OCTOBER 14, 2022
Nonsense that Verstappen will lose F1 title says Marko
Dr Helmut Marko says it's "nonsense" that Max Verstappen might lose his 2021 world championship over the budget cap scandal.
Red Bull has been found by the FIA to have broken last year's budget limit by less than 5 percent.
"I don't want to say too much," Dr Helmut Marko told f1-insider.
"Just that we still believe that we didn't break the cost cap rule at all. Discussions with the FIA are ongoing. Let's see what finally comes out of it."
It is clear that top team rivals Mercedes and Ferrari are pushing hard for significant penalties that go beyond a mere fine.
"I believe that looking at the result of a world championship after the battles on the track and the ceremonies and celebrations is difficult," Ferrari team boss Mattia Binotto told eurosport.it.
"But what is evident is that spending more money than the others has a performance advantage that remains in subsequent seasons. So we think a better penalty in addition to the financial one must lead to a slowdown in the development of the car.
"Otherwise, the advantage will remain in subsequent years and we will have to fight without equal means. In my opinion, there must be a penalty that sanctions the capacity for development," the Italian added.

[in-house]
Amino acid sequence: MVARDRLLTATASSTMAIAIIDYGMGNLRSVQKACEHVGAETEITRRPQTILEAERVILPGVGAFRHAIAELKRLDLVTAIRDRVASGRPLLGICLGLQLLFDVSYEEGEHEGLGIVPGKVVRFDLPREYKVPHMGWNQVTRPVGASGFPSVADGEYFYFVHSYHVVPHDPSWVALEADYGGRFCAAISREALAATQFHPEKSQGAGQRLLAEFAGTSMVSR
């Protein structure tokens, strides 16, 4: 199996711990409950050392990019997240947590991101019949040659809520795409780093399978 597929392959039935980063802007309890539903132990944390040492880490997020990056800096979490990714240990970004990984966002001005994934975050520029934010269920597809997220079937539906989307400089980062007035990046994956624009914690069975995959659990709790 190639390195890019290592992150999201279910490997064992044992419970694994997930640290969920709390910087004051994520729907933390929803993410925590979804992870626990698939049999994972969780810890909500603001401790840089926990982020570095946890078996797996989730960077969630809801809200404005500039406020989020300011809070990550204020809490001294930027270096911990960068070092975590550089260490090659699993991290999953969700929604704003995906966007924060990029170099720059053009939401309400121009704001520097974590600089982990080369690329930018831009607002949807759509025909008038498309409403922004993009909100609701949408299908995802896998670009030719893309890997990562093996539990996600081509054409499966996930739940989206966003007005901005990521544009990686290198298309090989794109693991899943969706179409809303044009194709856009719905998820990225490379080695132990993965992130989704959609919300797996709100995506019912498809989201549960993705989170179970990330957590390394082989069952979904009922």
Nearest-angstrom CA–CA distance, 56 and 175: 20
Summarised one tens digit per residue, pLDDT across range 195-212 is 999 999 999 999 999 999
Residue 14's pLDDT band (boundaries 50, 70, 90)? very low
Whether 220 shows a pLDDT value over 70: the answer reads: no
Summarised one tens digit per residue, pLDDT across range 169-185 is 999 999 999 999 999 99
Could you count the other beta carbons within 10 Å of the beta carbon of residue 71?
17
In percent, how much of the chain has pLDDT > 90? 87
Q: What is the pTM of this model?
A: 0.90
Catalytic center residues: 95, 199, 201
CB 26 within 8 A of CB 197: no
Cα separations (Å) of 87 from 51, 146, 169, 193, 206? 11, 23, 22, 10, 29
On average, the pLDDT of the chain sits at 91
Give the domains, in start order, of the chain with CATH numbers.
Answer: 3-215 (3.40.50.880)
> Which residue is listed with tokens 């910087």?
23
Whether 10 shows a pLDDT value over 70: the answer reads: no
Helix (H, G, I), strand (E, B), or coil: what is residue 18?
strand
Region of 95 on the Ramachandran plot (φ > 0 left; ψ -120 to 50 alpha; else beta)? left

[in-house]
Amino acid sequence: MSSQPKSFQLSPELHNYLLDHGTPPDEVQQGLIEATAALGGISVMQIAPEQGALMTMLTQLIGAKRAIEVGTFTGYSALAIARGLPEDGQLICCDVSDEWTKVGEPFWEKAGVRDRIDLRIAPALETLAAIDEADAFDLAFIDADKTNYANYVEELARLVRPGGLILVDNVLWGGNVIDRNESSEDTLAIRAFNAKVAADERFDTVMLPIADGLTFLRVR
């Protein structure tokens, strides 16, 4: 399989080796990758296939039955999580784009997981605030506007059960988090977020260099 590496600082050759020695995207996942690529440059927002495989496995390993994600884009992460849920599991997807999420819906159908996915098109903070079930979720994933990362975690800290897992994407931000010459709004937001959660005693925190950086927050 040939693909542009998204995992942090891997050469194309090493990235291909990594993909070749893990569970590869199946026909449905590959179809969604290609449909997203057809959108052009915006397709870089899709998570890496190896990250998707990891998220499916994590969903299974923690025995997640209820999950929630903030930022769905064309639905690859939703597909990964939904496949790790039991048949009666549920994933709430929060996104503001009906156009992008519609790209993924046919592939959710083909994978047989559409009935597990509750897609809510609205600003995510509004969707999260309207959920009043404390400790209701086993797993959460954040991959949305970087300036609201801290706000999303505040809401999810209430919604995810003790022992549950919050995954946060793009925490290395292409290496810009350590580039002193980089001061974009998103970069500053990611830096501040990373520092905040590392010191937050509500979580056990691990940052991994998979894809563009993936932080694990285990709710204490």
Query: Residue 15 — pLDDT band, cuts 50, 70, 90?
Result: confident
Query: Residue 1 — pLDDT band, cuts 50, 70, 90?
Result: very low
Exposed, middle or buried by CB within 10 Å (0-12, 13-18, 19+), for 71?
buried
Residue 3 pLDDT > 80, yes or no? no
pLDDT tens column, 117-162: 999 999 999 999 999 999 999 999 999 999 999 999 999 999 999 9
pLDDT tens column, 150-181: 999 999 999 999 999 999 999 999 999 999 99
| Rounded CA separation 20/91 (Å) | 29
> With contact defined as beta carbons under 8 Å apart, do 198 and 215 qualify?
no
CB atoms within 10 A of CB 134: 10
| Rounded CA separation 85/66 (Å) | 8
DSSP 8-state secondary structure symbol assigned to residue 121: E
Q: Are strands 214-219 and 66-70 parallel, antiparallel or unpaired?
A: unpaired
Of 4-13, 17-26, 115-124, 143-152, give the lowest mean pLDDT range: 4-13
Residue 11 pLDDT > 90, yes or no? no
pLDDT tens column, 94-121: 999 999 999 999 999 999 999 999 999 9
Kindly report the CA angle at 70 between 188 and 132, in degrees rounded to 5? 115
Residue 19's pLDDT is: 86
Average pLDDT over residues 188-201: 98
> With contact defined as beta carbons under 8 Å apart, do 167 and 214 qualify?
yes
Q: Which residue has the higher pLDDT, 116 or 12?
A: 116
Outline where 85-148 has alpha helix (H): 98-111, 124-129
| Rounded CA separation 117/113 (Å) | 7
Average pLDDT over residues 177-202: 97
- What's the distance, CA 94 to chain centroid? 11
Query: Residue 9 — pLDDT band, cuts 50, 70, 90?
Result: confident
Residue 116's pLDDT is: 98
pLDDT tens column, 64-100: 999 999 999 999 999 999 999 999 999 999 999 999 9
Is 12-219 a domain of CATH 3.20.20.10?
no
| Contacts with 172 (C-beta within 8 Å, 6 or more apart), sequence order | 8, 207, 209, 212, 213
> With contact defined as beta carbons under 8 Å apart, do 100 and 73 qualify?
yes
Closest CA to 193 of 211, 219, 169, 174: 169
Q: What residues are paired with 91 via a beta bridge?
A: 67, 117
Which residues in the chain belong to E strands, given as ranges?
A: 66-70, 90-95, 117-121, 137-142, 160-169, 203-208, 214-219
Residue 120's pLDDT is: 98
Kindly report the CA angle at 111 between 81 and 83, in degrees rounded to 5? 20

Marko, however, says Red Bull is now in negotiations with the FIA about the nature of the penalty.
"As I said, we are still not aware of any guilt, which is why discussions with the FIA are still ongoing," he said.
"But rumours that Max could lose his world title in 2021, for example, are complete nonsense. The past has shown that even extreme violations of the regulations were punished very mildly by the FIA."
It is believed Marko is referring not only to 2013, when Mercedes was found to have carried out secret Pirelli tyre testing, but also Ferrari's light penalty for using an alleged illegal engine in 2019.
And former F1 driver Ralf Schumacher says the FIA must investigate how details of Red Bull's alleged budget cap breach were leaked to rival teams.
"The ladies and gentlemen of the FIA must now face a detailed investigation of how this is even possible," he said.
"If Red Bull has really broken the rules, it should be proportionately punished. But what the FIA did there doesn't work at all.
"Imagine if the ministry of finance kept certain companies up to date with the current status of investigations against their competition. That would even be criminal," the German added.
"Everything must be disclosed transparently, and in the event of an offense the ladies or gentlemen of the FIA must be punished accordingly."